WRITTEN COMMENTS OF THE EUROPEAN ROMA RIGHTS CENTRE CONCERNING ROMANIA (For consideration by the United Nations Committee Against Torture, at its 54th session 20 April to 15 May 2015) Cover Image

WRITTEN COMMENTS OF THE EUROPEAN ROMA RIGHTS CENTRE CONCERNING ROMANIA (For consideration by the United Nations Committee Against Torture, at its 54th session 20 April to 15 May 2015)
WRITTEN COMMENTS OF THE EUROPEAN ROMA RIGHTS CENTRE CONCERNING ROMANIA (For consideration by the United Nations Committee Against Torture, at its 54th session 20 April to 15 May 2015)

Author(s): Author Not Specified
Subject(s): Education, Public Administration, Welfare systems, Evaluation research, Social differentiation, Studies in violence and power, Health and medicine and law, Ethnic Minorities Studies
Published by: European Roma Rights Center
Keywords: Romania; Roma; human rights; racism; justice; education; housing; health care; public services; discrimination; violence;
Summary/Abstract: 1. The European Roma Rights Centre (ERRC) respectfully submits written comments concerning Romania for consideration by the Committee Against Torture at its 54th Session. The ERRC is an international public interest law organisation engaging in a range of activities aimed at combating anti-Romani racism and human rights abuse of Roma, in particular strategic litigation, international advocacy, research and policy development, and human rights training. Since its establishment in 1996, the ERRC has endeavoured to provide Roma with the tools necessary to combat discrimination and achieve equal access to justice, education, housing, health care, and public services. 2. Regular monitoring of the human rights situation of Roma in Romania has been undertaken by the ERRC and other NGOs. The analysis of the Romanian legal framework is informed by our extended litigation experience in both domestic and international forums. 3. After a brief overview of anti-Roma attitudes in Romania, this submission follows the order in the List of Issues Prior to Reporting. While the issues highlighted are often of a general interest, the ERRC is convinced that they have a disproportionate impact on Roma, given Romania’s history of discrimination against and exploitation of Roma, as well as enduring stereotypes and hostility towards them. The present document does not aim to address all issues of relevance to the implementation of the Convention or its provisions in Romania, nor is it a comprehensive summary of all human rights issues facing Roma in Romania. 4. According to current unofficial estimates, Roma in Romania make up approximately 9% of the population (approximately 1,850,000). However, a verified and accurate count remains elusive. According to the final results of the 2011 Census of the Population and Households published on 4 July 2013 by the National Statistics Institute, Romania had a total population of 20.12 million. Among the 18.88 million respondents who self-reported their ethnicity, 621,600 were Roma (3.3%, an increase from 2.46% in the 2002 census). 5. Deeply entrenched anti-Roma attitudes can be vividly seen in the annual surveys carried out by the National Council for Combating Discrimination (NCCD): in 20052 61% of respondents thought that Roma were a source of shame for Romania, while 52% of respondents went further to say that Roma should not be allowed to travel outside the country. These attitudes have not improved much: in 20133 48% of respondents said that they did not want a Roma work colleague, 41% would not want a Roma neighbour, and 38% would not want any Roma in their municipality. Public authorities are not insulated from these wide-spread and pernicious attitudes; in the absence of robust safeguards these attitudes may translate into violations of the Convention. 6. In recent years international monitoring bodies have expressed particular concern about the rise in anti-Roma rhetoric and racism in Romania. For instance, the European Commission against Racism and Intolerance (ECRI) noted in its 2014 report that “Stigmatising statements against Roma are common in the political discourse, encounter little criticism and are echoed by the press, the audiovisual media and on the Internet. No effective mechanism is in place to sanction politicians and political parties which promote racism and discrimination.” Similarly, the UN Committee on the Elimination of Racial Discrimination (“CERD”) stated in its 2010 Concluding Observations on Romania that it was “concerned at reports of the spread of racial stereotyping and hate speech aimed at persons belonging to minorities, particularly Roma, by certain publications, media outlets, political parties and certain politicians”. 7. CERD also expressed its concern regarding “the excessive use of force, ill-treatment and abuse of authority by police and law enforcement officers against persons belonging to minority groups, and Roma in particular”. 8. The climate of impunity for hate speech, stigmatisation, and discrimination is compounded by the absence of a robust framework to address anti-Roma violence, in particular violence perpetrated by the police. Again according to ECRI, as of 2014 “No significant steps have been taken to ensure compliance with the principle of non-discrimination by the police or to enquire as to the reasons why no complaints have been lodged against police officers”.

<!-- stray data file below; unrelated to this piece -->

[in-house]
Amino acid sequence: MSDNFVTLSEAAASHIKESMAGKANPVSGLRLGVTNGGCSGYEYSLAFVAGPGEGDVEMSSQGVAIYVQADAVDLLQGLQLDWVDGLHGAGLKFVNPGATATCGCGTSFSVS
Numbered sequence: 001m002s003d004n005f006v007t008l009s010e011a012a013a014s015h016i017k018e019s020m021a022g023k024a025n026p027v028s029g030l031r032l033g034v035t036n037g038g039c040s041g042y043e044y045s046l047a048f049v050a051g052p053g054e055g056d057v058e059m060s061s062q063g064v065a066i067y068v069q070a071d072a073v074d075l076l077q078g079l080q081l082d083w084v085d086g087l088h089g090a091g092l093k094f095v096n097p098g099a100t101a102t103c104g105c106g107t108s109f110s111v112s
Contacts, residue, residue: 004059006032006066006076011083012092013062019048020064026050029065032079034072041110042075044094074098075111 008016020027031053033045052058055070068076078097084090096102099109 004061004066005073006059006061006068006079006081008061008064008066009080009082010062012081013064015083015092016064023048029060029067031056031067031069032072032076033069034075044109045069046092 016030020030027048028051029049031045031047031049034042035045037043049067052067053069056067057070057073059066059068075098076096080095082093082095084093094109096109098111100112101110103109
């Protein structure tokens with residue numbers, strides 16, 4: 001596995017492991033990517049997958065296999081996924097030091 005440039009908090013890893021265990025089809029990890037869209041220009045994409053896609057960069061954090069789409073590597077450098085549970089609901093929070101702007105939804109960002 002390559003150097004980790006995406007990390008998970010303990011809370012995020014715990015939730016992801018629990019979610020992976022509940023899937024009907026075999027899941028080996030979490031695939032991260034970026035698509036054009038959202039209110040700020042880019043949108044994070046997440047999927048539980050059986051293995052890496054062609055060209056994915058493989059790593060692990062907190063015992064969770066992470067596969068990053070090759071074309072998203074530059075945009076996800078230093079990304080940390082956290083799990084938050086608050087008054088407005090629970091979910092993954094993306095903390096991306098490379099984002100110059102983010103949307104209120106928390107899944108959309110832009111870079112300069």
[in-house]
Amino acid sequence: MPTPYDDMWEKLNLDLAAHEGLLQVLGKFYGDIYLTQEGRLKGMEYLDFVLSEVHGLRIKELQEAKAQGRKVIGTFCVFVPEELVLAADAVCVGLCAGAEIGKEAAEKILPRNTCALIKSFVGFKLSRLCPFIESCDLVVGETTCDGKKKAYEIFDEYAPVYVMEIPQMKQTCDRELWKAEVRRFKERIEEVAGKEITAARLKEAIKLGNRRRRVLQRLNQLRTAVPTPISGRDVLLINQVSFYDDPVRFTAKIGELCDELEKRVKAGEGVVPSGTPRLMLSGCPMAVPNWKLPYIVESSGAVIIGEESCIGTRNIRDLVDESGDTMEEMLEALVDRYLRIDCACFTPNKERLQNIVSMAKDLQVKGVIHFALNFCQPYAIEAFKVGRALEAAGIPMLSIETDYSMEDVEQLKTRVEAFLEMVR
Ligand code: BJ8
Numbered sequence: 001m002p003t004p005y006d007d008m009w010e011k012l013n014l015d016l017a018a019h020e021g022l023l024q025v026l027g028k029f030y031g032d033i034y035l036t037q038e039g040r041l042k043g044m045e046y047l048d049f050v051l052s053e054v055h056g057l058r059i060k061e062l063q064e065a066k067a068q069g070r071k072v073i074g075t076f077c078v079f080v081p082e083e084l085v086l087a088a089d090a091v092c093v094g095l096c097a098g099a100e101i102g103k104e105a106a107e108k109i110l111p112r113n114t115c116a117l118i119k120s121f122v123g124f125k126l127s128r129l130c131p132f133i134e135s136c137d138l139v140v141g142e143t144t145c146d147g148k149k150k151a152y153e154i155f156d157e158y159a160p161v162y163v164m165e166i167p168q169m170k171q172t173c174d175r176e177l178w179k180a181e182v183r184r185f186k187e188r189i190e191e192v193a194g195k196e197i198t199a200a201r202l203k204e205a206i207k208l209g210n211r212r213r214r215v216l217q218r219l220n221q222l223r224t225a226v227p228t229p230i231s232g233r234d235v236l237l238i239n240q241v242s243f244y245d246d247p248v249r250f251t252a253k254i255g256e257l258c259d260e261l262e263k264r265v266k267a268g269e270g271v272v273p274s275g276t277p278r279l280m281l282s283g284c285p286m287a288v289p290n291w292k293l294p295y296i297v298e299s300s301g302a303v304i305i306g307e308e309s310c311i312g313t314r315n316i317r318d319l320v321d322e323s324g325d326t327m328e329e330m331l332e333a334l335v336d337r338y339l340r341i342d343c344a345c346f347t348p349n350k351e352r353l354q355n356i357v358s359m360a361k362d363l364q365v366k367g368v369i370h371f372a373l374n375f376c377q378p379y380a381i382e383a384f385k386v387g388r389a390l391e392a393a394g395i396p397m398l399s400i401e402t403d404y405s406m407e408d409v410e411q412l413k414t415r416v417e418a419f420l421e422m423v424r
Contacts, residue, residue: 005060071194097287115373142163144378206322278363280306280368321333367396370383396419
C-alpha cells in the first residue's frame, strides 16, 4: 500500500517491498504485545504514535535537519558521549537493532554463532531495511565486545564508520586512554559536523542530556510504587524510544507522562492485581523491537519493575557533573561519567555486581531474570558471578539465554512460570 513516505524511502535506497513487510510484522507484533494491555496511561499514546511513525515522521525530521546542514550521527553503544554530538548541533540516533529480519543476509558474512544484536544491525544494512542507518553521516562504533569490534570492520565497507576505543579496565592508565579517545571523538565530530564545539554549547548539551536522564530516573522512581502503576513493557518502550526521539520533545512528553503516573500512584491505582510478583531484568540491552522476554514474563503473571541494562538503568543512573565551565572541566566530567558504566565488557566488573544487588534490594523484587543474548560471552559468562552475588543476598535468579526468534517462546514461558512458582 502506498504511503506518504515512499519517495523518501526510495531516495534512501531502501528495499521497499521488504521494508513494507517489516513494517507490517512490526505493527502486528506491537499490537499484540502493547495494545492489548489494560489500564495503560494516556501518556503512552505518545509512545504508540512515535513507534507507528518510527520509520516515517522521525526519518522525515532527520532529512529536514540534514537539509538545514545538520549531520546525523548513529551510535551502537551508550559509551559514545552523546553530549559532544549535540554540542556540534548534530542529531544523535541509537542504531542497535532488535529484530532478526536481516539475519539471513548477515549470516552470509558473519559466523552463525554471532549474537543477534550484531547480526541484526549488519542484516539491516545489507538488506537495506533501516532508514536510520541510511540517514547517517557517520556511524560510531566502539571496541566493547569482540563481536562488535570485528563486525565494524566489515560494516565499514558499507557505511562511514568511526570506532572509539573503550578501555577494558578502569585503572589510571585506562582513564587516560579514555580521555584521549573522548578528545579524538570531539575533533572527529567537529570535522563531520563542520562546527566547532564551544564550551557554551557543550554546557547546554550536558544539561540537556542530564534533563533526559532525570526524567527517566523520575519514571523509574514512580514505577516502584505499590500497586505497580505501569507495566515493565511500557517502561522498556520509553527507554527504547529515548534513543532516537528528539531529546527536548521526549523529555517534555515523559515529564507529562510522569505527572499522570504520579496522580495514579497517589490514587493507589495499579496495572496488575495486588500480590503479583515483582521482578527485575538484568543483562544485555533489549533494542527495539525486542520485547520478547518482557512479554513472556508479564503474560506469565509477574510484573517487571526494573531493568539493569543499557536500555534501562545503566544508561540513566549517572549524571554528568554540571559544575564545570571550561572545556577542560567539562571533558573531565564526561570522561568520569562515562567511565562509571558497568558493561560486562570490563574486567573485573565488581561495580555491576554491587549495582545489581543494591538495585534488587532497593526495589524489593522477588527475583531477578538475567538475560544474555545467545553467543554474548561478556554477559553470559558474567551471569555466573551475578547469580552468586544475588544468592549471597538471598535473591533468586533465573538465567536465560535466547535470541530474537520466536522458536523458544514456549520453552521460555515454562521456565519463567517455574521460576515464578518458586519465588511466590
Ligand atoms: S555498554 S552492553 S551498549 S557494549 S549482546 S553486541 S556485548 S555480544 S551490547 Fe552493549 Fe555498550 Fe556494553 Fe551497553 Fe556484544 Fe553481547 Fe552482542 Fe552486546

• Page Count: 8
  • Publication Year: 2015
  • Language: English